Then they note that the Orphic hymn 83 (probably penned in the first centuries AD) calls Oceanus the "ruler of the pole," a blatantly celestial description (191). Further, they point out that Numenius of Apamea (second century AD, a neopythagorean and an important exegete of Plato) declared that "the other world rivers and Tartaros itself are the 'region of planets'" (188).

Finally, they call upon the third manuscript of the anonymous Vatican Mythographer, who probably wrote between the ninth and eleventh centuries AD, explained that the Red River (Phlegethon or Pyriphlegethon) was meant "by certain writers" to be the exact counterpart of the circle of Mars in the skies." De Santillana and von Dechend exclaim, "So Numenius was not wrong after all. The rivers are planetary" (196).

They also note that Oceanus was personified as a god or a Titan (pictured above, from a mosaic at Petra), and one who was curiously above the commands of Zeus, able to remain aloof even when Zeus commanded the presence of all the other gods. He maintains the characteristics of "remoteness and silence" in the words of de Santillana and von Dechend (191), just like the silent heavens themselves.

We can note a few other points from the ancient texts, such as the fact that Hesiod describes the river Oceanus as "winding about the earth and the sea's wide back" -- clearly indicating that Oceanus is different than the sea, as it winds around both the earth and the wide back of the earthly sea.

Further, we can note that Oceanus is described by Socrates as the river that flows "in a circle furthest from the centre" -- perhaps referring to the planetary course that is furthest from the sun. Note that the number of the rivers corresponds to the number of the visible planets known to the ancients -- Oceanus, Acheron, Pyriphlegethon, Styx and Cocytus corresponding perhaps from furthest to closest to Saturn, Jupiter, Mars, Venus, and Mercury. De Santillana and von Dechend present convincing evidence that the fiery river Pyriphlegethon (called simply Phlegethon by later authors) corresponds to the red planet Mars. Even if the rivers are called by different names later (sometimes Lethe is substituted for Oceanus, for instance), the number of the rivers flowing through the world of the dead remains the same as the number of visible planets.

This correspondence indicates that the realm of the dead where these rivers flow may well be the heavens, which is consistent with the beliefs of the ancient Egyptians inscribed in the Pyramid Texts (discussed here), in which the souls of the pharaohs are said to abide among the Imperishable Stars, and to other widespread ancient beliefs cited in Hamlet's Mill that the spirits of the dead travel through the Milky Way.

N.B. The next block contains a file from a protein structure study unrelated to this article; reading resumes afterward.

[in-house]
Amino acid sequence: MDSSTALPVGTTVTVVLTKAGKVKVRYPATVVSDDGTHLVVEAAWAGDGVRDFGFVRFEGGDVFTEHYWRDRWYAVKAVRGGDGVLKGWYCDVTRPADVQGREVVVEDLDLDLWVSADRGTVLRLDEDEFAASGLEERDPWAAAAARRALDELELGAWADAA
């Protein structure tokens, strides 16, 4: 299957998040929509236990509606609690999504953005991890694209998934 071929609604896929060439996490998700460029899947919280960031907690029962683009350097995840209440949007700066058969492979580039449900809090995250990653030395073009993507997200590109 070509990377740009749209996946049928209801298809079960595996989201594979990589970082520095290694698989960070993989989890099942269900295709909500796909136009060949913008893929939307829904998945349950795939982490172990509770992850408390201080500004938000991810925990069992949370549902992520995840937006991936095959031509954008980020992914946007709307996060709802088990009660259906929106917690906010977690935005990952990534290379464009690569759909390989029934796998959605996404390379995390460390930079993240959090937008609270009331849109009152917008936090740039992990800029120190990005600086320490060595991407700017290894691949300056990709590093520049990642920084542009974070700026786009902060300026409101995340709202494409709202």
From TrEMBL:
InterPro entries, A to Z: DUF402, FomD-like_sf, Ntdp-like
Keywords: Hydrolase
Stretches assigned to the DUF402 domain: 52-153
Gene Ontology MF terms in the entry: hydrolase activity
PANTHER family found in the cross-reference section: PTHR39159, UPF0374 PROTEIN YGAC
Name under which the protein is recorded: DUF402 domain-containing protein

It also provides another piece of evidence that the myths of the ancients, which we may be tempted to dismiss as primitive notions left over from those who knew relatively little about the earth and the solar system, actually encode fairly sophisticated, even scientific knowledge. In fact, it provides another window on the possibility that very ancient myths were actually the carriers of encoded scientific knowledge, knowledge that in many ways surpassed even the achievements of the great Greek pioneers of scientific knowledge. This possibility raises the question of the identity of this ancient civilization that possessed and encoded ancient knowledge of this nature. (If these particular pieces of evidence are not enough to be convincing, consider them in conjunction with the data points discussed in this and this previous blog post).

In the Phaedo, Plato has recorded an example in which Socrates himself tells a tale which, like other ancient myths, seems fantastical and completely unbelievable on the face of it, but which on closer inspection contains metaphorical allusions to observations that would fall within the realm of what we today would classify as science, just as de Santillana and von Dechend allege the other myths about the gods do as well.